From the sixty-three possible combinations, thirty-two of them assume that one filter at least is to connect at TPF1. These solutions however offer different results according to the filtering nodes considered. For example, three filters connected to the 690V and 400V busbars require a lower total power of 109.5kVA as displayed in the table 4, with harmonic voltages at the nodes 4 and 6 still maintained within the specified limits. This solution is actually the best one. When considering another possible combination with harmonic filters on the 690V and 230V busbars respectively, the proposed solution shows a large filter to connect at TPF1 in addition with smaller ones distributed on the three 230V busbars, in compliance with the harmonic voltages within the specified requirements of the table 1. Even though the total filtering power is slightly lower than that obtained with a single filter placed on the 690V busbar, common sense tell us that the global cost of the filtering system may be higher due to a minimum cost required by the placement of filters with their associated equipment such as cables and breakers. Then, the connection of too small filters might be no economically interesting.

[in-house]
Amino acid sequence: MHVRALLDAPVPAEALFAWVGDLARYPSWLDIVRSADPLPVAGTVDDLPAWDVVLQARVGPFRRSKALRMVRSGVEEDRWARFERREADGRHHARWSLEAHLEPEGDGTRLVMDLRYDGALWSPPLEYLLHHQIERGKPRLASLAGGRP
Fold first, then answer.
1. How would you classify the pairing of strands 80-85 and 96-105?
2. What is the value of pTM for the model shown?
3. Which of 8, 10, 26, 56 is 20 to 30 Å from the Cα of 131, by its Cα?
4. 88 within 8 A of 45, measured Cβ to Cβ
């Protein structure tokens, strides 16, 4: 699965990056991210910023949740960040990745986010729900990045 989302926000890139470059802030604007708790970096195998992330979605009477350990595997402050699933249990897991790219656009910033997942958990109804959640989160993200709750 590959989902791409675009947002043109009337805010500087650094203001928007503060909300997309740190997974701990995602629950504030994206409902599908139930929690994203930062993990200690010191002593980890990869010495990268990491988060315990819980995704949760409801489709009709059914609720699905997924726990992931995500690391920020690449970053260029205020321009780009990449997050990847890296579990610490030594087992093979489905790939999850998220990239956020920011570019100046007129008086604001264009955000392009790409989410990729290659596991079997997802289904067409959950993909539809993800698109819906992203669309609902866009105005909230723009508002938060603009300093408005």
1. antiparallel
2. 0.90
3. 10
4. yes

Figure 4 indicates the progress of the main variables during the SA procedure. The graphs show a convergence of the voltage up to the fixed limit while the filtering power decreases towards an optimal value corresponding to the power distribution that minimises the total power. It must be however noticed that the filtering power represents only the magnitude of the current j_{h} that would be injected by an active filter. The variations of its phase angles which are not reported herein, could explain the greatest fluctuations of the harmonic voltages while power remains constant.

Filters on the 400V busbars